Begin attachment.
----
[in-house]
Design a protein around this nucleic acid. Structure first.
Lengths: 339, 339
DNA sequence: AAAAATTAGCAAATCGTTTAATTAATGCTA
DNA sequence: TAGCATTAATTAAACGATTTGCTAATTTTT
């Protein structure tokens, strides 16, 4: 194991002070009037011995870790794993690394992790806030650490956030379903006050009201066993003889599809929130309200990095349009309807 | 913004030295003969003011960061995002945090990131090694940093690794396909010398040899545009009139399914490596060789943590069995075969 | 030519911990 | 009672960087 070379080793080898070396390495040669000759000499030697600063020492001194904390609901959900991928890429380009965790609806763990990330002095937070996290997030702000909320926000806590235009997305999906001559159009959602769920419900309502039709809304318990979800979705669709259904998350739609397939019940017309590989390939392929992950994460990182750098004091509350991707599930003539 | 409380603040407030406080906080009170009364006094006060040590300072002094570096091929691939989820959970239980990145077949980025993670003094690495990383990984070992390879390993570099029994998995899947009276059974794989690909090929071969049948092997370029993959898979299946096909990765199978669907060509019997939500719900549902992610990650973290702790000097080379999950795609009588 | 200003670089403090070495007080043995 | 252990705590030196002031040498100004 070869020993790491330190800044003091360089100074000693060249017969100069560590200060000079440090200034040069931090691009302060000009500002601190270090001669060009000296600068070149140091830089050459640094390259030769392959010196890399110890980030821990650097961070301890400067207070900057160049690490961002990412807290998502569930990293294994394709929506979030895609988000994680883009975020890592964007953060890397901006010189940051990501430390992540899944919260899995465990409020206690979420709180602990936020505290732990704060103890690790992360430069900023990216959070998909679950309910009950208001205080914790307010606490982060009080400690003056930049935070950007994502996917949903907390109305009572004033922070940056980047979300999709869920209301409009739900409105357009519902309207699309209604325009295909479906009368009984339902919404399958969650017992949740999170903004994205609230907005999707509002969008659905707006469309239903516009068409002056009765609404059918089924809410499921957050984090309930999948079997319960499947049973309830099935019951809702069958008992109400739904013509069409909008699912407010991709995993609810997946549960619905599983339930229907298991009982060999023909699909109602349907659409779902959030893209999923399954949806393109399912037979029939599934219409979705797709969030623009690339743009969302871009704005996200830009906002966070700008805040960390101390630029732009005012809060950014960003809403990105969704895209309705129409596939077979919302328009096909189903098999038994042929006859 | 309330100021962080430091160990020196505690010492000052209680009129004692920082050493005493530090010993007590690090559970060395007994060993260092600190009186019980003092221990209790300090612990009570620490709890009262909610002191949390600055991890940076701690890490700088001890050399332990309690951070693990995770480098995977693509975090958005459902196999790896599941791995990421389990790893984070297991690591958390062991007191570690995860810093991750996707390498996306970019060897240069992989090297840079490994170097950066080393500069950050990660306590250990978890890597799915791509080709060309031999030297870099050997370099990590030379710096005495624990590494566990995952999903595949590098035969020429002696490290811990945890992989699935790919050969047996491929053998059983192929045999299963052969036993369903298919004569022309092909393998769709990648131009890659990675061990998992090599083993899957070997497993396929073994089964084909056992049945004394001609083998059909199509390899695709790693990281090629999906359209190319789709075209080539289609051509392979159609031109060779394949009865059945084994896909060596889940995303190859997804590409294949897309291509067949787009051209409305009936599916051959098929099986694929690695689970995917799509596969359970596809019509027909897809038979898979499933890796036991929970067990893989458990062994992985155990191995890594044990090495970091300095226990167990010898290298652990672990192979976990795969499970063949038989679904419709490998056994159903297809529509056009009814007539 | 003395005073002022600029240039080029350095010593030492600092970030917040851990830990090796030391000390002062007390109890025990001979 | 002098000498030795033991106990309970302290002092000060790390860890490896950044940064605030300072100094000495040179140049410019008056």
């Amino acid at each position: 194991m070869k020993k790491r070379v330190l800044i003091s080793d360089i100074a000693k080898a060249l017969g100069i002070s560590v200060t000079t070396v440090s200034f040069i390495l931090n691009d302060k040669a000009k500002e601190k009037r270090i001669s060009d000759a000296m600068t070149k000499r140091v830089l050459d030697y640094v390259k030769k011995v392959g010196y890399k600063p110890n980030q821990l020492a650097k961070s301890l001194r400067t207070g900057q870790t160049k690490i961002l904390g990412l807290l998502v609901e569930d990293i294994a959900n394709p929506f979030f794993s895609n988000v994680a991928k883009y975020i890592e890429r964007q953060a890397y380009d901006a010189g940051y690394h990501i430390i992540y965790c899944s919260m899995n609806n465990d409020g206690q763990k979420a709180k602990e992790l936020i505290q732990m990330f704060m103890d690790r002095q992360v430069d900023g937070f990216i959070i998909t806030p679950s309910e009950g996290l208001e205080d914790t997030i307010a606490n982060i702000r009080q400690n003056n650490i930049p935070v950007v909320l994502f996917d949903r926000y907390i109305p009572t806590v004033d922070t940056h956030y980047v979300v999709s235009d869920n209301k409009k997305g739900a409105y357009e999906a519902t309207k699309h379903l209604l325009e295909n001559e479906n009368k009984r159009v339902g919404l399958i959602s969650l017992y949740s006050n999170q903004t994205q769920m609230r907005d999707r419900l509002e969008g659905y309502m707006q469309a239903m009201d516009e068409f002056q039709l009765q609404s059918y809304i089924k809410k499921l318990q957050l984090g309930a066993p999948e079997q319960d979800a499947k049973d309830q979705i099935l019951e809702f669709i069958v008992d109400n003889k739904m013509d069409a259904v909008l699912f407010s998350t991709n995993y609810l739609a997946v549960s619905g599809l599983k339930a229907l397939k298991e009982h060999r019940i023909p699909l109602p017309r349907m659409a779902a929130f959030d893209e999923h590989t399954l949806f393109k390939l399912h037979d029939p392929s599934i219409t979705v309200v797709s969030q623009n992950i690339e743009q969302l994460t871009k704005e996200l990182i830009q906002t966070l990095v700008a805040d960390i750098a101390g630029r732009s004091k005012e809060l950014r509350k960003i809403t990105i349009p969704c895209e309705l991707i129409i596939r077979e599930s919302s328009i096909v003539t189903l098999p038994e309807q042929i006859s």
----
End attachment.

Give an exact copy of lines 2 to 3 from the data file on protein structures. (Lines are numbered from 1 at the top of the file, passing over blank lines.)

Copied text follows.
Design a protein around this nucleic acid. Structure first.
Lengths: 339, 339